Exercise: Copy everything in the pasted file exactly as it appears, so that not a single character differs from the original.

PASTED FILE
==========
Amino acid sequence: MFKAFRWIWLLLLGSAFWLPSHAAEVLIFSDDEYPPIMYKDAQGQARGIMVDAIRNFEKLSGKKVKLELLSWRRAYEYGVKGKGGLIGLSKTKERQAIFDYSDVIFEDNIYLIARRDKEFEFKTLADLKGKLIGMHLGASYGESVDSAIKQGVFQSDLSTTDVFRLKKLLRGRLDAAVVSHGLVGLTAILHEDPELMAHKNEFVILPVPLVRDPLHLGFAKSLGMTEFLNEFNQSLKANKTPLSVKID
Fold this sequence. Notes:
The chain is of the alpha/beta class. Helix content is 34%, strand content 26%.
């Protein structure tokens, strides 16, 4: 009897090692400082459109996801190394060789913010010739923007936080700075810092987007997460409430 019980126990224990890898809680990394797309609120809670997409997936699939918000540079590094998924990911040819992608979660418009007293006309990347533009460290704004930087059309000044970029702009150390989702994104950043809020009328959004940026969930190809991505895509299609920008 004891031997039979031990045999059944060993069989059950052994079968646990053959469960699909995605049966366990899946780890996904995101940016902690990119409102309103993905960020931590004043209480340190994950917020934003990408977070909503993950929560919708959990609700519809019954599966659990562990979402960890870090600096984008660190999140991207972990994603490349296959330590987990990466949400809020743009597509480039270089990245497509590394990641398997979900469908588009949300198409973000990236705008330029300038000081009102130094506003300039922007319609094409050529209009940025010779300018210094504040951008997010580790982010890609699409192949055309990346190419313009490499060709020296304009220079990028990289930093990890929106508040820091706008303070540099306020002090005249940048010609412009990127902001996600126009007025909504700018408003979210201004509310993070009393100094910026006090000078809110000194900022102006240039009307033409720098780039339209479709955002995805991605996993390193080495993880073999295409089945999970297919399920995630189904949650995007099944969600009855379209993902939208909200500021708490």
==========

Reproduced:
Amino acid sequence: MFKAFRWIWLLLLGSAFWLPSHAAEVLIFSDDEYPPIMYKDAQGQARGIMVDAIRNFEKLSGKKVKLELLSWRRAYEYGVKGKGGLIGLSKTKERQAIFDYSDVIFEDNIYLIARRDKEFEFKTLADLKGKLIGMHLGASYGESVDSAIKQGVFQSDLSTTDVFRLKKLLRGRLDAAVVSHGLVGLTAILHEDPELMAHKNEFVILPVPLVRDPLHLGFAKSLGMTEFLNEFNQSLKANKTPLSVKID
Fold this sequence. Notes:
The chain is of the alpha/beta class. Helix content is 34%, strand content 26%.
């Protein structure tokens, strides 16, 4: 009897090692400082459109996801190394060789913010010739923007936080700075810092987007997460409430 019980126990224990890898809680990394797309609120809670997409997936699939918000540079590094998924990911040819992608979660418009007293006309990347533009460290704004930087059309000044970029702009150390989702994104950043809020009328959004940026969930190809991505895509299609920008 004891031997039979031990045999059944060993069989059950052994079968646990053959469960699909995605049966366990899946780890996904995101940016902690990119409102309103993905960020931590004043209480340190994950917020934003990408977070909503993950929560919708959990609700519809019954599966659990562990979402960890870090600096984008660190999140991207972990994603490349296959330590987990990466949400809020743009597509480039270089990245497509590394990641398997979900469908588009949300198409973000990236705008330029300038000081009102130094506003300039922007319609094409050529209009940025010779300018210094504040951008997010580790982010890609699409192949055309990346190419313009490499060709020296304009220079990028990289930093990890929106508040820091706008303070540099306020002090005249940048010609412009990127902001996600126009007025909504700018408003979210201004509310993070009393100094910026006090000078809110000194900022102006240039009307033409720098780039339209479709955002995805991605996993390193080495993880073999295409089945999970297919399920995630189904949650995007099944969600009855379209993902939208909200500021708490």